This week, Avram Piltch brings us the latest news on AMD's product launches. The company and its partners released new products based on the 7nm architecture. These products include the 3rd generation Ryzen processors, supporting motherboards, and new videocards.
The biggest release is the Ryzen 3000 series, the latest refresh in the company's processor lineup. The new processors are the first products on the market to use the 7nm architecture, with AMD beating Intel by quite a margin. They also outpace Intel's core count for the price, with the Ryzen 9 3900X offering 12 cores for $499, while the closest comparable Intel processor, Intel Core i9-9920X, offers 12 cores for $1199. That's more than double the price for the same core count. The base frequency is higher, with 3.8GHz versus 3.4GHz. Read more specs.
These new processors have moved to the X570 chipset, allowing for big improvements in overall performance. While the processors will work with the previous generation chipset, the X470, the new structure brings PCIe 4.0, which brings with it faster SSDs and higher peripheral throughput. Additional throughput could also make for better videocards in the future, as more motherboards begin to support the chipset.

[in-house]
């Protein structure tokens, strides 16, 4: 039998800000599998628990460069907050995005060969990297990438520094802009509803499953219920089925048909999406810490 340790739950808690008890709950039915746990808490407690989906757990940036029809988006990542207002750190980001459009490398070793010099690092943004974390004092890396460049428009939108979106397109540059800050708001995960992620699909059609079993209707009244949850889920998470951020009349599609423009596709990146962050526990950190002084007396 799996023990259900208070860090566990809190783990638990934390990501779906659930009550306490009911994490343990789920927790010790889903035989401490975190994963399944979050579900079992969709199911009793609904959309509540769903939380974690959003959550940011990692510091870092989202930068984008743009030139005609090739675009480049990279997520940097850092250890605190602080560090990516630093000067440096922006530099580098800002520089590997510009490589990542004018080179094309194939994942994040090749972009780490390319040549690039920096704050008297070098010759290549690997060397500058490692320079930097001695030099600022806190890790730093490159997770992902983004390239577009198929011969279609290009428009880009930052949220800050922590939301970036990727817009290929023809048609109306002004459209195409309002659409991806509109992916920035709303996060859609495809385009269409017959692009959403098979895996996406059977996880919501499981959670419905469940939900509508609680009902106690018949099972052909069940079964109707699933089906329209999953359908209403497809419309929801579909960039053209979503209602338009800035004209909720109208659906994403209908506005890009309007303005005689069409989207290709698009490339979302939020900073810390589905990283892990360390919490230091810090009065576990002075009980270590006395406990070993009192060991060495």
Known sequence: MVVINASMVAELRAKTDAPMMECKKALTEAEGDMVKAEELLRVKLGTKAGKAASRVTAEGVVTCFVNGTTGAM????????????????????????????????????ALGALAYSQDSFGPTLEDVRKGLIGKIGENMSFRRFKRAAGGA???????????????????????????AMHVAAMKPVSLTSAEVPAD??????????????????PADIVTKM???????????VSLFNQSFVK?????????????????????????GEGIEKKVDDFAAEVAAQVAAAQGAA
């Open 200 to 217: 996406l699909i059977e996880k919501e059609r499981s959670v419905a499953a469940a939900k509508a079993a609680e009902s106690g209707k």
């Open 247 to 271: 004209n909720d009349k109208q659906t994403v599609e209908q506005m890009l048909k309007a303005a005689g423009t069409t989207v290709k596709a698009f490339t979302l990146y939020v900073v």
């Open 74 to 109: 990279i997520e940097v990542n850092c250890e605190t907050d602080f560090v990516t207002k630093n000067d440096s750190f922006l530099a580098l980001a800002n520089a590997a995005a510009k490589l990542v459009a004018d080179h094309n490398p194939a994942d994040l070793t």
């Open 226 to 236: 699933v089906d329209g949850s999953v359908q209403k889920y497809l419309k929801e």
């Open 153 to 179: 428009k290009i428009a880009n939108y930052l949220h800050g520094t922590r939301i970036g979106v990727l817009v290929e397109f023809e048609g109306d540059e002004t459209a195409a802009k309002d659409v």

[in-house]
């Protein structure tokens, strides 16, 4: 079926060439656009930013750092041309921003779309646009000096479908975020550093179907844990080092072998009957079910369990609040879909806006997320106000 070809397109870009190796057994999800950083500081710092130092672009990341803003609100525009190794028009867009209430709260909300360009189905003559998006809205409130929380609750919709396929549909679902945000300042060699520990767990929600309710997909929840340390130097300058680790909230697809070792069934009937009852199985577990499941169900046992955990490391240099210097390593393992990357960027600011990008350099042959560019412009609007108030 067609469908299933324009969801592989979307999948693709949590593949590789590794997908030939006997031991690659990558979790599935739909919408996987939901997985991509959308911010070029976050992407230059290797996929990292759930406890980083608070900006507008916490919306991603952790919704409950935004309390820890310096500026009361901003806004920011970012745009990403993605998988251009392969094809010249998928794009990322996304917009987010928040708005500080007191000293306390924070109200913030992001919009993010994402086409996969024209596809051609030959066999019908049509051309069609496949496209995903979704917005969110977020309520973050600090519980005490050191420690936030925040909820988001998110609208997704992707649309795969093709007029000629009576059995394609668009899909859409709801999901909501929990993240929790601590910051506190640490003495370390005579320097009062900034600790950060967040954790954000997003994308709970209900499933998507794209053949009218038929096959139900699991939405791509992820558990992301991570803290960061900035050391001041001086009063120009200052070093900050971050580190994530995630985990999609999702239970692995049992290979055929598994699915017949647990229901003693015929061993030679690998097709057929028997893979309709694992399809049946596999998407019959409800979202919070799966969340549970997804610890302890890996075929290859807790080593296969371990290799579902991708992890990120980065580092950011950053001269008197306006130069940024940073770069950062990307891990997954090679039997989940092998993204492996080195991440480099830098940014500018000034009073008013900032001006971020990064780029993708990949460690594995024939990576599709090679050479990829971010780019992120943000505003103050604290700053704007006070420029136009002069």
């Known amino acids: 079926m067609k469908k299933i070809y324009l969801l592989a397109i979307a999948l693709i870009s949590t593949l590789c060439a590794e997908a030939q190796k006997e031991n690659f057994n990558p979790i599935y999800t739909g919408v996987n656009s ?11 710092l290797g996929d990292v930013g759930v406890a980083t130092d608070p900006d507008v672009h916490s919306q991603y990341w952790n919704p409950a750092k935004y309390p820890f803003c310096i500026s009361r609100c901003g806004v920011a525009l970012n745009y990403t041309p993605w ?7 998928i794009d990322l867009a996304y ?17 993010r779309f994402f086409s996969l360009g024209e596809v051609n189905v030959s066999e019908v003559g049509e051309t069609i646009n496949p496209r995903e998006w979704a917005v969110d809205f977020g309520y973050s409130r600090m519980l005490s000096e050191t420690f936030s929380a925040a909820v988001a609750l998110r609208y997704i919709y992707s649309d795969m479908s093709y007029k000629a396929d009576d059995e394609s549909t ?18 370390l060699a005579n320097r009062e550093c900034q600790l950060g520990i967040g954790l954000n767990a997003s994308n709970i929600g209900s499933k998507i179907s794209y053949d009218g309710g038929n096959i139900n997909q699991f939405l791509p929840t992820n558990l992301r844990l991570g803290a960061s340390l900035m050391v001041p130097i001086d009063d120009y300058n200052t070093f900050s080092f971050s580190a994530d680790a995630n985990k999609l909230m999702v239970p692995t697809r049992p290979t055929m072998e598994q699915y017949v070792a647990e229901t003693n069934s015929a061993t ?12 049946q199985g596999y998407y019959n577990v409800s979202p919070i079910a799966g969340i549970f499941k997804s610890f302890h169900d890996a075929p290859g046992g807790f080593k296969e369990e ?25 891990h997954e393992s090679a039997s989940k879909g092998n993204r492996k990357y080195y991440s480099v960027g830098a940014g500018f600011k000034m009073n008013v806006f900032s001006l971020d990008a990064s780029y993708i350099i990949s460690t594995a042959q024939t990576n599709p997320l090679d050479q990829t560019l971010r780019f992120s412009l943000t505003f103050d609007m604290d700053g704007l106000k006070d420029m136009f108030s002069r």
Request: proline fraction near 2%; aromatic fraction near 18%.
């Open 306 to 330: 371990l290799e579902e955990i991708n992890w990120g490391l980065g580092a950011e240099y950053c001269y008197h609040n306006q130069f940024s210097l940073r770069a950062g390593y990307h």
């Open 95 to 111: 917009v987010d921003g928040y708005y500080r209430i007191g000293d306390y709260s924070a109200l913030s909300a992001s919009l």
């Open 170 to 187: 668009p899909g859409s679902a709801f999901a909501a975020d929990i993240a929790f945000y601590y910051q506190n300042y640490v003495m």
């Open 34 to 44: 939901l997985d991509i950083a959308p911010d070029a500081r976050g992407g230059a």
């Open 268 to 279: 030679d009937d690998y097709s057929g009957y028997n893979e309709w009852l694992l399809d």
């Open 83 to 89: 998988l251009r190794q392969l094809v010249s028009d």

The last product category is videocards, with the Radeon RX 5700 XT and Radeon RX 5700. These new cards compete with the GeForce RTX 2060 Super and RTX 2060 and actually get higher framerates than their comparable GeForce cards. You get 10% and 11% higher framerates, respectively. The RX 5700 runs $350, while the RTX 2060 averages just over $350. While you won't get raytracing with the new card, you will get really good 2K gaming. This isn't a big loss, as there are still very few raytracing compatible titles in the wild. Read more.
This week, Samsung might have misled customers, Amazon might be liable for others' products, and MoviePass might be just about done.
This week, Avram Piltch shows off the newest entry in the Raspberry Pi family: the Raspberry Pi 4. While this new model was not supposed to come out until this year, improved processor sourcing made it possible to bring it to market significantly earlier than expected. The newest model is a welcomed update to the Raspberry Pi 3, with the ability for more RAM, faster processing, and updated ports.
The most notable update is the changing of the video ports. Rather than a single HDMI port, the newest model has dual micro HDMI ports. This change allows for the use of two monitors rather than one on the previous model. In addition, both monitors can be run at 4K, albeit with performance degradation. In dual 4K, the monitors refresh at 30Hz. In single 4K or dual 1080p, the monitors can run in 60Hz, a marked improvement. The dual 4K monitors can also cause a lot of lag on the system itself.
In addition to the updated video ports, the USB ports also saw an upgrade. The center USB ports are now blue, indicating that they are now USB 3, rather than the USB 2 on the previous model. With the addition of USB 3 comes the ability to gain some huge performance improvements on external devices, such as SSDs. It also allows for important peripherals like the Google Coral Accelerator, which makes the Raspberry Pi better at image processing.